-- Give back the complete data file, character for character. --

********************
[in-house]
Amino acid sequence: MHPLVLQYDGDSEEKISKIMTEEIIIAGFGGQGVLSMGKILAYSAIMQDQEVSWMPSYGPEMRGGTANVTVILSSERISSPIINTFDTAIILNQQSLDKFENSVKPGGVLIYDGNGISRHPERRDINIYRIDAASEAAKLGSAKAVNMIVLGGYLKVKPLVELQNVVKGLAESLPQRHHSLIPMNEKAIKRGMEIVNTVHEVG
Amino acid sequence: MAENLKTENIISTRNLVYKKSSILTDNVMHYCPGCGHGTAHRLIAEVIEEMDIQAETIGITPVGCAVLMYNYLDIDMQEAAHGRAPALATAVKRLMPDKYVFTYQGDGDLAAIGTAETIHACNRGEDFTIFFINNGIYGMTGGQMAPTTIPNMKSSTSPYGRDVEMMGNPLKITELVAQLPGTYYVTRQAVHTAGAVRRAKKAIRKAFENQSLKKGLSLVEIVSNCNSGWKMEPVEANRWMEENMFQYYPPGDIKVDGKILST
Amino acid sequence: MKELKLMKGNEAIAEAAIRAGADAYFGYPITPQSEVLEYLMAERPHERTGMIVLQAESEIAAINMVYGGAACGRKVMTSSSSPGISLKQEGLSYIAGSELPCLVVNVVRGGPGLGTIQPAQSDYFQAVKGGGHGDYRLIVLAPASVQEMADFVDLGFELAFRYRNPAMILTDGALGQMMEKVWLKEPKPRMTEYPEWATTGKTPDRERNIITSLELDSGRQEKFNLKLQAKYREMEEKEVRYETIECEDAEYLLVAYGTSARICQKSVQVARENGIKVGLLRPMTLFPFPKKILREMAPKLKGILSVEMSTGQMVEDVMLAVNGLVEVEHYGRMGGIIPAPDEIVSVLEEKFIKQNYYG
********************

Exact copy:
[in-house]
Amino acid sequence: MHPLVLQYDGDSEEKISKIMTEEIIIAGFGGQGVLSMGKILAYSAIMQDQEVSWMPSYGPEMRGGTANVTVILSSERISSPIINTFDTAIILNQQSLDKFENSVKPGGVLIYDGNGISRHPERRDINIYRIDAASEAAKLGSAKAVNMIVLGGYLKVKPLVELQNVVKGLAESLPQRHHSLIPMNEKAIKRGMEIVNTVHEVG
Amino acid sequence: MAENLKTENIISTRNLVYKKSSILTDNVMHYCPGCGHGTAHRLIAEVIEEMDIQAETIGITPVGCAVLMYNYLDIDMQEAAHGRAPALATAVKRLMPDKYVFTYQGDGDLAAIGTAETIHACNRGEDFTIFFINNGIYGMTGGQMAPTTIPNMKSSTSPYGRDVEMMGNPLKITELVAQLPGTYYVTRQAVHTAGAVRRAKKAIRKAFENQSLKKGLSLVEIVSNCNSGWKMEPVEANRWMEENMFQYYPPGDIKVDGKILST
Amino acid sequence: MKELKLMKGNEAIAEAAIRAGADAYFGYPITPQSEVLEYLMAERPHERTGMIVLQAESEIAAINMVYGGAACGRKVMTSSSSPGISLKQEGLSYIAGSELPCLVVNVVRGGPGLGTIQPAQSDYFQAVKGGGHGDYRLIVLAPASVQEMADFVDLGFELAFRYRNPAMILTDGALGQMMEKVWLKEPKPRMTEYPEWATTGKTPDRERNIITSLELDSGRQEKFNLKLQAKYREMEEKEVRYETIECEDAEYLLVAYGTSARICQKSVQVARENGIKVGLLRPMTLFPFPKKILREMAPKLKGILSVEMSTGQMVEDVMLAVNGLVEVEHYGRMGGIIPAPDEIVSVLEEKFIKQNYYG